BATTERY CAGE EGGS
It is difficult to see from outside that there are animals living in these buildings. Each building of a spawning unit can contain tens of thousands of hens, stacked in narrow wire cages: Cage rows, one above the other, tens of feet long.
Density and conditions 16 hens per m²: The total area corresponding to each hen does not exceed one A4-sized page.
Crushed into the cage, one above the other, they cannot open their wings or move without being trampled. They stand on a wire floor that hurts their feet. Their bones are broken by the lack of sun exposure and immobility. Struggling for living space, they attack and cannibalize each other or their limbs are amputated.
The hens are sprayed with insecticide and fed with food mixed with antibiotics, in order to reduce mortality from the excessive concentration of bacteria and microbes caused by overcrowding.
International Healthcare Bodies have pointed out that the unexpected use and consumption of antibiotics poses a risk to public health, creating bacteria that are resistant to existing antibiotics. The risk is even greater, as egg producers use antibiotics that the World Health Organization has classified as 'back-up'.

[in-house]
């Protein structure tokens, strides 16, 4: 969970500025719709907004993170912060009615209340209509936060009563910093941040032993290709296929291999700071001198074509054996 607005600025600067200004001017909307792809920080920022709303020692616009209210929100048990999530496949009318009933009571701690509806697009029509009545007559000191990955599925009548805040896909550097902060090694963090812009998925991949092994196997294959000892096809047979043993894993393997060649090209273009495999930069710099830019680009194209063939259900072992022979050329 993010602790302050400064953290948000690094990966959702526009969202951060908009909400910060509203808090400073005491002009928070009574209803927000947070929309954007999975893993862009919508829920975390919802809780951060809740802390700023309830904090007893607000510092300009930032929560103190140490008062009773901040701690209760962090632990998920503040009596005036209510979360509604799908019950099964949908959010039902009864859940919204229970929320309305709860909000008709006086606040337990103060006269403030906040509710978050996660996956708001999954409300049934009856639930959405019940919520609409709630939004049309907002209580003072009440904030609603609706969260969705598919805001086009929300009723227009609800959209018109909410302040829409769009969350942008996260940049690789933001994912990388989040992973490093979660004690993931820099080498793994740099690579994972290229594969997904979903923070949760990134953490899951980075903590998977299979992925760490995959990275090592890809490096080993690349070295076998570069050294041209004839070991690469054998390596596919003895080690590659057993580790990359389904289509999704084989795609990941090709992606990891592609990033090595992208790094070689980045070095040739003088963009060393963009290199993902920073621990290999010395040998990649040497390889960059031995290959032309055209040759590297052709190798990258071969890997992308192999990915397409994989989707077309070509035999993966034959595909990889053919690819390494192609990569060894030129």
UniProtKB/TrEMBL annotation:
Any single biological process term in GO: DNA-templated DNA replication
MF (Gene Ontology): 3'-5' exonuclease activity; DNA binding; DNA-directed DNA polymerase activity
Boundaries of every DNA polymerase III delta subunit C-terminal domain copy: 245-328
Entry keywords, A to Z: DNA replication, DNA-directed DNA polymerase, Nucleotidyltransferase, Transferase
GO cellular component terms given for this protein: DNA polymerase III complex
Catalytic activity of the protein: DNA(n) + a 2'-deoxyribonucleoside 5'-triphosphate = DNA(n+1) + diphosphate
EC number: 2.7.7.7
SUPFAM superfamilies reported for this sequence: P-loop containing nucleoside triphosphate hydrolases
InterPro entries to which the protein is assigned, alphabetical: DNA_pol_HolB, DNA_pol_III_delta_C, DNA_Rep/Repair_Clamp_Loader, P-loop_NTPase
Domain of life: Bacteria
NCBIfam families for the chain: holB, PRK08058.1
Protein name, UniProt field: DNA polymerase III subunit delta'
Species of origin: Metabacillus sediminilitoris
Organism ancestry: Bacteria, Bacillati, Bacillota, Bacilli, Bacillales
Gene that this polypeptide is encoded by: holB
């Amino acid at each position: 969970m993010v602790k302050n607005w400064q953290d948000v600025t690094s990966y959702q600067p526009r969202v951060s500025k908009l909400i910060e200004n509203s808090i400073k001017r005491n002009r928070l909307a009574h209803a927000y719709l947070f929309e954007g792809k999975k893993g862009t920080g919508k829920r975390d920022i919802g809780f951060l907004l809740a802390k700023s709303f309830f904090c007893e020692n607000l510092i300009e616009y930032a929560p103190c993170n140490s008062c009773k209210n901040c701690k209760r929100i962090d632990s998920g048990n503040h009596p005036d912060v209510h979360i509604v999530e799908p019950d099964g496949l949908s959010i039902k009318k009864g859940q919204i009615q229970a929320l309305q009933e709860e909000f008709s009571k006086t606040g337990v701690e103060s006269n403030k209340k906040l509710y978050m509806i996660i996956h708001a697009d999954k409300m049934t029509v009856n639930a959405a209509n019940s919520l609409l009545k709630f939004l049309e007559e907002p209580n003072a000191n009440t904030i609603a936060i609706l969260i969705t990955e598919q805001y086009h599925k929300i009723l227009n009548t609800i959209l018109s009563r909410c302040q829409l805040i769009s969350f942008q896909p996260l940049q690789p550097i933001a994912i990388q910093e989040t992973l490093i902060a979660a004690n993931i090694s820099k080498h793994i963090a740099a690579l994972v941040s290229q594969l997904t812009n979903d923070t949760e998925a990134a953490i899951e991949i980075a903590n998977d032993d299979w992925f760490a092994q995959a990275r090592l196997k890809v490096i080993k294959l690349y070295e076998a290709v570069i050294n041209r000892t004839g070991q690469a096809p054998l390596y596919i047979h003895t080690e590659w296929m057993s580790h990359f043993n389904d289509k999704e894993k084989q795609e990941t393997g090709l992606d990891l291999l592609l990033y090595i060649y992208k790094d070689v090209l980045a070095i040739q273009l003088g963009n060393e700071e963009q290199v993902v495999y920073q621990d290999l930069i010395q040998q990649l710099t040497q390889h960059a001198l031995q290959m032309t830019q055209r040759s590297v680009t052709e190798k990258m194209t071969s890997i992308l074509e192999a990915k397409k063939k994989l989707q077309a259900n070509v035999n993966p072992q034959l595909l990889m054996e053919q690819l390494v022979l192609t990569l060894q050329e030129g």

The Fipronil Scandal
In 2017, the health scandal of egg contamination with the insecticide Fipronil broke out in Europe, revealing the illegal use of insecticides in hens. Fipronil is strictly forbidden to be used on animals for consumption, especially on hens.
The scandal of the infected eggs was the most serious health scandal in Europe since the horse meat case in 2013. According to EU official data, it affected a total of 45 countries, 26 of the 28 member states.
Infected eggs and egg products were found, among others, in the Netherlands, Belgium, Germany, Sweden, England, France, but also the US, Russia, Israel and Canada. Millions of eggs were removed and destroyed, poultry houses closed, while supermarket chains withdrew all their eggs and many egg-containing products from their shelves.